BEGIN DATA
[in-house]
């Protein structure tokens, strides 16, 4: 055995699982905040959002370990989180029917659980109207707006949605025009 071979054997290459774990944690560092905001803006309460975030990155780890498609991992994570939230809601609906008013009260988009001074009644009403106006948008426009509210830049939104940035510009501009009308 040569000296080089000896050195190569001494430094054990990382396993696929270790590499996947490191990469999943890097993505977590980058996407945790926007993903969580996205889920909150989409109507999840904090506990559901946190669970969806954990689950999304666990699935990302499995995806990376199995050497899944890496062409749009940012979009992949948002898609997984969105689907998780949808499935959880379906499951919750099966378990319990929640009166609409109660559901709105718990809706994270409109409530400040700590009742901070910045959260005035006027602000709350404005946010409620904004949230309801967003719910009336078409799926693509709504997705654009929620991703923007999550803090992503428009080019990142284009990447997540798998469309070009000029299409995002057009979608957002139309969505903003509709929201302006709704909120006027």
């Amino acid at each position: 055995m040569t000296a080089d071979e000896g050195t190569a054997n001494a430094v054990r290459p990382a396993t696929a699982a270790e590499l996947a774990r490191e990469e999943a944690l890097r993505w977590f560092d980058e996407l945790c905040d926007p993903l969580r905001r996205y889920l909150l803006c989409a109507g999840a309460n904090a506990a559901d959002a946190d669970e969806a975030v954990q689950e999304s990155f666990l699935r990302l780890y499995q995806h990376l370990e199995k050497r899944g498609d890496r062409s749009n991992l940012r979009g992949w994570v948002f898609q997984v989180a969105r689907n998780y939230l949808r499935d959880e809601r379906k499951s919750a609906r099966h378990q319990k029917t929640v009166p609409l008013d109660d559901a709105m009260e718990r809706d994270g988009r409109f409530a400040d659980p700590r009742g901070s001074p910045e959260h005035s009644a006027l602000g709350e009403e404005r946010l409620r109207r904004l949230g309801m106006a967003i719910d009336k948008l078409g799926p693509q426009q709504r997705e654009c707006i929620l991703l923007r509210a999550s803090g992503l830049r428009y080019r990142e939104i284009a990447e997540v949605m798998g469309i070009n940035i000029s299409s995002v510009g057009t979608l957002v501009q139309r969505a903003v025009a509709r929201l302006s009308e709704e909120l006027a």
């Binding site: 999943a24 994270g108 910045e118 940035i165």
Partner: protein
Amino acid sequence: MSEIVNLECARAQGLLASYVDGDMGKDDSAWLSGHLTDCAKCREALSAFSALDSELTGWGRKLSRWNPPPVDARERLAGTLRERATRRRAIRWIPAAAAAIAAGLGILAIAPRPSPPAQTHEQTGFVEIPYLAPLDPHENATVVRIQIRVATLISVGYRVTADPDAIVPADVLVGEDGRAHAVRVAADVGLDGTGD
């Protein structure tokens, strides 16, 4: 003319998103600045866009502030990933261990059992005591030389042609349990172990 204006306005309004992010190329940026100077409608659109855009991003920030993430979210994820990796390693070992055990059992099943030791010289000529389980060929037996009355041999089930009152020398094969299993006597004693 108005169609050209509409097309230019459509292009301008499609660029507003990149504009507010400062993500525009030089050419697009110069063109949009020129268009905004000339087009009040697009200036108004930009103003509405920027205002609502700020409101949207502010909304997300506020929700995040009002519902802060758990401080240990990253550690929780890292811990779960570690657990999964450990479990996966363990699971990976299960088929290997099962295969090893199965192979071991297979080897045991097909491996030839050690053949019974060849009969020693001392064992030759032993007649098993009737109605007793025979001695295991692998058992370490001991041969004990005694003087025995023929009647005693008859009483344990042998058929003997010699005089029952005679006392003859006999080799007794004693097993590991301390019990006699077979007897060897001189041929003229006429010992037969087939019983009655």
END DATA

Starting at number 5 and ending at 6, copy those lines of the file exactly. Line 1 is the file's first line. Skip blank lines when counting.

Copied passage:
Partner: protein
Amino acid sequence: MSEIVNLECARAQGLLASYVDGDMGKDDSAWLSGHLTDCAKCREALSAFSALDSELTGWGRKLSRWNPPPVDARERLAGTLRERATRRRAIRWIPAAAAAIAAGLGILAIAPRPSPPAQTHEQTGFVEIPYLAPLDPHENATVVRIQIRVATLISVGYRVTADPDAIVPADVLVGEDGRAHAVRVAADVGLDGTGD